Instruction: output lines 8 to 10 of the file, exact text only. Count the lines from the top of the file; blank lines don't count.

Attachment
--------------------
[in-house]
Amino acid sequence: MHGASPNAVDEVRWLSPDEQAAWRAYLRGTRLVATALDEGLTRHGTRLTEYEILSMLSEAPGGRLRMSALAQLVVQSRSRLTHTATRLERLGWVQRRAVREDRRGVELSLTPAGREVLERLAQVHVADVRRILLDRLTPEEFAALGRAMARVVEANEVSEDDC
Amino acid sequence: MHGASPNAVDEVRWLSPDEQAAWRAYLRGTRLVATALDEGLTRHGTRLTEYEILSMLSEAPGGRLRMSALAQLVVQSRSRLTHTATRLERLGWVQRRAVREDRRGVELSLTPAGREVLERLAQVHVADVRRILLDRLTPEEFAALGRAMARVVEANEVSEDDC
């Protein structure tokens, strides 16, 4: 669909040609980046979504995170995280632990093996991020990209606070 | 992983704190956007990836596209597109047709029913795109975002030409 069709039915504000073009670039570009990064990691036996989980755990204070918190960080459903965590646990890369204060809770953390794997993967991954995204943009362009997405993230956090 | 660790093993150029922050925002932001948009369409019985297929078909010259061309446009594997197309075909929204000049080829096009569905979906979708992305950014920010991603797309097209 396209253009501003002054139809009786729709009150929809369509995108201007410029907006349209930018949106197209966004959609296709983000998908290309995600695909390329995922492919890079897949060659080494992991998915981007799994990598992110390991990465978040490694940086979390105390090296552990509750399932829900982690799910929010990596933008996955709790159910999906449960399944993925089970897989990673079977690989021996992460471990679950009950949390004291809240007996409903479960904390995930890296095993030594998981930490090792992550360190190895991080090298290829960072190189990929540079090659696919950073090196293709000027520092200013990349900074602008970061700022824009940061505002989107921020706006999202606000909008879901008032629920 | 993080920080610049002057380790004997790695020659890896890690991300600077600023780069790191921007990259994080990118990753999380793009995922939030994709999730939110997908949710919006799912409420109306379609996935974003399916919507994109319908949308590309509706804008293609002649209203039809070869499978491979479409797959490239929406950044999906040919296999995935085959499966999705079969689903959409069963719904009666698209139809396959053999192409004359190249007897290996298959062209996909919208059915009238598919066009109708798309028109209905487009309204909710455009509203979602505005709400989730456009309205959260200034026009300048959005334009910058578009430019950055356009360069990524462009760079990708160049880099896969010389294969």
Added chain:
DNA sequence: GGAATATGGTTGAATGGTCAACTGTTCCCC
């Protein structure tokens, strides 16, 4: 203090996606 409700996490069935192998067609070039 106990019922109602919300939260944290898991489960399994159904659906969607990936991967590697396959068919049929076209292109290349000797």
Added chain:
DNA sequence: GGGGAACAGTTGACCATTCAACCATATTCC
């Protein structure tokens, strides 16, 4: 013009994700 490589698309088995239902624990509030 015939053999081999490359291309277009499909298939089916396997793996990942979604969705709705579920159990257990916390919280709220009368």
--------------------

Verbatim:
Added chain:
DNA sequence: GGGGAACAGTTGACCATTCAACCATATTCC
């Protein structure tokens, strides 16, 4: 013009994700 490589698309088995239902624990509030 015939053999081999490359291309277009499909298939089916396997793996990942979604969705709705579920159990257990916390919280709220009368």